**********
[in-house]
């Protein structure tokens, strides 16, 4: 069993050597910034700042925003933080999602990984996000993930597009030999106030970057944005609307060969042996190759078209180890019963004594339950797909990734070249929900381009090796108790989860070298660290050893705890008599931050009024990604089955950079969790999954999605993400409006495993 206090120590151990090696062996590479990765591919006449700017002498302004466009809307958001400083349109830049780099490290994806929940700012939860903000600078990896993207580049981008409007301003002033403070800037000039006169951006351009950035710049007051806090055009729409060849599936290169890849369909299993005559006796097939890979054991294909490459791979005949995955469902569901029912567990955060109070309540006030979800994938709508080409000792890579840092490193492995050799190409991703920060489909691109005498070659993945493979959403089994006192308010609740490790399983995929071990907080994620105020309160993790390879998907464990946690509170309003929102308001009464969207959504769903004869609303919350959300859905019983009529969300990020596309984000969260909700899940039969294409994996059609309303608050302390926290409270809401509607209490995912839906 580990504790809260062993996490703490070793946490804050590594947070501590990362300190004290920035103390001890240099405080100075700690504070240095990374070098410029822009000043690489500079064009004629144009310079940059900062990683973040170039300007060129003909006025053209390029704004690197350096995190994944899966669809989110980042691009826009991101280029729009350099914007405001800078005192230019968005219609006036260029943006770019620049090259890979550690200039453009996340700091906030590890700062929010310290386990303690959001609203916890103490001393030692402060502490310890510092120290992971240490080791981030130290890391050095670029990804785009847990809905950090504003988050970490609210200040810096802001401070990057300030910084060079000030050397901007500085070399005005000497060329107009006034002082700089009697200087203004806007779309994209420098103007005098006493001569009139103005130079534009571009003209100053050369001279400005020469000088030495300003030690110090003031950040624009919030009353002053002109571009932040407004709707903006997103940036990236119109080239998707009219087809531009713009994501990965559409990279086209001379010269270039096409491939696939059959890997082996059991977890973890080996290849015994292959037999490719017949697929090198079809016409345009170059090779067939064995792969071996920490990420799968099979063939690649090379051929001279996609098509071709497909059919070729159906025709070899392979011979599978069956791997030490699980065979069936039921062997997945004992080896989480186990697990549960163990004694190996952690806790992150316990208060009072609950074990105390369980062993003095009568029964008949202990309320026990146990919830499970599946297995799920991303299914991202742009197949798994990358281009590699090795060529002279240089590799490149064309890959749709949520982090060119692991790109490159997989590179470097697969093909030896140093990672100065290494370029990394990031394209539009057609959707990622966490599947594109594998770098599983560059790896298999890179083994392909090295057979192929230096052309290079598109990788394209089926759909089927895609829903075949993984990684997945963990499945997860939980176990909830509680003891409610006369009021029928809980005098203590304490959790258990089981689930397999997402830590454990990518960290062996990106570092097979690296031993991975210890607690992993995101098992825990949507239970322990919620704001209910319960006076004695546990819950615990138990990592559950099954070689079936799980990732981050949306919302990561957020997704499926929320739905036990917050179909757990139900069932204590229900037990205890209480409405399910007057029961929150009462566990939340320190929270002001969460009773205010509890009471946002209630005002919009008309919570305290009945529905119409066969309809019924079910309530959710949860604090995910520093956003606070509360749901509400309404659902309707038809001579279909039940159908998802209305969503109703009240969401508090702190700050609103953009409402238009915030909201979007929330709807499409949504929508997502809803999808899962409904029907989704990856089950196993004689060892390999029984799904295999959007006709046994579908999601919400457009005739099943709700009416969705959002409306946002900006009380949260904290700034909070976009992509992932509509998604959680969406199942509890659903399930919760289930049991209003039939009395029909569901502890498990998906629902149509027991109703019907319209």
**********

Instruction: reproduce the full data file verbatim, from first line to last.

[in-house]
């Protein structure tokens, strides 16, 4: 069993050597910034700042925003933080999602990984996000993930597009030999106030970057944005609307060969042996190759078209180890019963004594339950797909990734070249929900381009090796108790989860070298660290050893705890008599931050009024990604089955950079969790999954999605993400409006495993 206090120590151990090696062996590479990765591919006449700017002498302004466009809307958001400083349109830049780099490290994806929940700012939860903000600078990896993207580049981008409007301003002033403070800037000039006169951006351009950035710049007051806090055009729409060849599936290169890849369909299993005559006796097939890979054991294909490459791979005949995955469902569901029912567990955060109070309540006030979800994938709508080409000792890579840092490193492995050799190409991703920060489909691109005498070659993945493979959403089994006192308010609740490790399983995929071990907080994620105020309160993790390879998907464990946690509170309003929102308001009464969207959504769903004869609303919350959300859905019983009529969300990020596309984000969260909700899940039969294409994996059609309303608050302390926290409270809401509607209490995912839906 580990504790809260062993996490703490070793946490804050590594947070501590990362300190004290920035103390001890240099405080100075700690504070240095990374070098410029822009000043690489500079064009004629144009310079940059900062990683973040170039300007060129003909006025053209390029704004690197350096995190994944899966669809989110980042691009826009991101280029729009350099914007405001800078005192230019968005219609006036260029943006770019620049090259890979550690200039453009996340700091906030590890700062929010310290386990303690959001609203916890103490001393030692402060502490310890510092120290992971240490080791981030130290890391050095670029990804785009847990809905950090504003988050970490609210200040810096802001401070990057300030910084060079000030050397901007500085070399005005000497060329107009006034002082700089009697200087203004806007779309994209420098103007005098006493001569009139103005130079534009571009003209100053050369001279400005020469000088030495300003030690110090003031950040624009919030009353002053002109571009932040407004709707903006997103940036990236119109080239998707009219087809531009713009994501990965559409990279086209001379010269270039096409491939696939059959890997082996059991977890973890080996290849015994292959037999490719017949697929090198079809016409345009170059090779067939064995792969071996920490990420799968099979063939690649090379051929001279996609098509071709497909059919070729159906025709070899392979011979599978069956791997030490699980065979069936039921062997997945004992080896989480186990697990549960163990004694190996952690806790992150316990208060009072609950074990105390369980062993003095009568029964008949202990309320026990146990919830499970599946297995799920991303299914991202742009197949798994990358281009590699090795060529002279240089590799490149064309890959749709949520982090060119692991790109490159997989590179470097697969093909030896140093990672100065290494370029990394990031394209539009057609959707990622966490599947594109594998770098599983560059790896298999890179083994392909090295057979192929230096052309290079598109990788394209089926759909089927895609829903075949993984990684997945963990499945997860939980176990909830509680003891409610006369009021029928809980005098203590304490959790258990089981689930397999997402830590454990990518960290062996990106570092097979690296031993991975210890607690992993995101098992825990949507239970322990919620704001209910319960006076004695546990819950615990138990990592559950099954070689079936799980990732981050949306919302990561957020997704499926929320739905036990917050179909757990139900069932204590229900037990205890209480409405399910007057029961929150009462566990939340320190929270002001969460009773205010509890009471946002209630005002919009008309919570305290009945529905119409066969309809019924079910309530959710949860604090995910520093956003606070509360749901509400309404659902309707038809001579279909039940159908998802209305969503109703009240969401508090702190700050609103953009409402238009915030909201979007929330709807499409949504929508997502809803999808899962409904029907989704990856089950196993004689060892390999029984799904295999959007006709046994579908999601919400457009005739099943709700009416969705959002409306946002900006009380949260904290700034909070976009992509992932509509998604959680969406199942509890659903399930919760289930049991209003039939009395029909569901502890498990998906629902149509027991109703019907319209």